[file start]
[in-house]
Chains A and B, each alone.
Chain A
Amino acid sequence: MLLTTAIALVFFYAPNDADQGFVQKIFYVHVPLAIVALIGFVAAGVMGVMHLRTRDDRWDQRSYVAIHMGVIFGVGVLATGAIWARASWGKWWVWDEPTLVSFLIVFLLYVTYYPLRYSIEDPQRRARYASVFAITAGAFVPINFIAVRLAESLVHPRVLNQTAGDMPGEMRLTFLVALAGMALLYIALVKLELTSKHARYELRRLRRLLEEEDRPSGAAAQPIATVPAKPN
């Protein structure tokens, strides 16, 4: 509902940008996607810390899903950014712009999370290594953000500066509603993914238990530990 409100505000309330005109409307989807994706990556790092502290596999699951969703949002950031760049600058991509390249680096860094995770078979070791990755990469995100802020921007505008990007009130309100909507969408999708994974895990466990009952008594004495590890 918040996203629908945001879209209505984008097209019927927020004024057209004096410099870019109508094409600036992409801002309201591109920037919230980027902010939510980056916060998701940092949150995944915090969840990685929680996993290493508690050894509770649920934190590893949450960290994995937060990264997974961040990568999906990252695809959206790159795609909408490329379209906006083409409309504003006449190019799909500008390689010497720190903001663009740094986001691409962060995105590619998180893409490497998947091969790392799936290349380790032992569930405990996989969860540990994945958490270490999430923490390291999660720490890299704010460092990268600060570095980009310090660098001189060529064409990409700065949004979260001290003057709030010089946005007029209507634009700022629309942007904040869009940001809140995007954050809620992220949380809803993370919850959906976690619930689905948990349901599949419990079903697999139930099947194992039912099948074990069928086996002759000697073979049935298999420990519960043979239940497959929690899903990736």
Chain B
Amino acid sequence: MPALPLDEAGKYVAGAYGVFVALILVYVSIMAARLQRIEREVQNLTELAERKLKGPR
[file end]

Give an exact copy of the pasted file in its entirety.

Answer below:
[in-house]
Chains A and B, each alone.
Chain A
Amino acid sequence: MLLTTAIALVFFYAPNDADQGFVQKIFYVHVPLAIVALIGFVAAGVMGVMHLRTRDDRWDQRSYVAIHMGVIFGVGVLATGAIWARASWGKWWVWDEPTLVSFLIVFLLYVTYYPLRYSIEDPQRRARYASVFAITAGAFVPINFIAVRLAESLVHPRVLNQTAGDMPGEMRLTFLVALAGMALLYIALVKLELTSKHARYELRRLRRLLEEEDRPSGAAAQPIATVPAKPN
């Protein structure tokens, strides 16, 4: 509902940008996607810390899903950014712009999370290594953000500066509603993914238990530990 409100505000309330005109409307989807994706990556790092502290596999699951969703949002950031760049600058991509390249680096860094995770078979070791990755990469995100802020921007505008990007009130309100909507969408999708994974895990466990009952008594004495590890 918040996203629908945001879209209505984008097209019927927020004024057209004096410099870019109508094409600036992409801002309201591109920037919230980027902010939510980056916060998701940092949150995944915090969840990685929680996993290493508690050894509770649920934190590893949450960290994995937060990264997974961040990568999906990252695809959206790159795609909408490329379209906006083409409309504003006449190019799909500008390689010497720190903001663009740094986001691409962060995105590619998180893409490497998947091969790392799936290349380790032992569930405990996989969860540990994945958490270490999430923490390291999660720490890299704010460092990268600060570095980009310090660098001189060529064409990409700065949004979260001290003057709030010089946005007029209507634009700022629309942007904040869009940001809140995007954050809620992220949380809803993370919850959906976690619930689905948990349901599949419990079903697999139930099947194992039912099948074990069928086996002759000697073979049935298999420990519960043979239940497959929690899903990736």
Chain B
Amino acid sequence: MPALPLDEAGKYVAGAYGVFVALILVYVSIMAARLQRIEREVQNLTELAERKLKGPR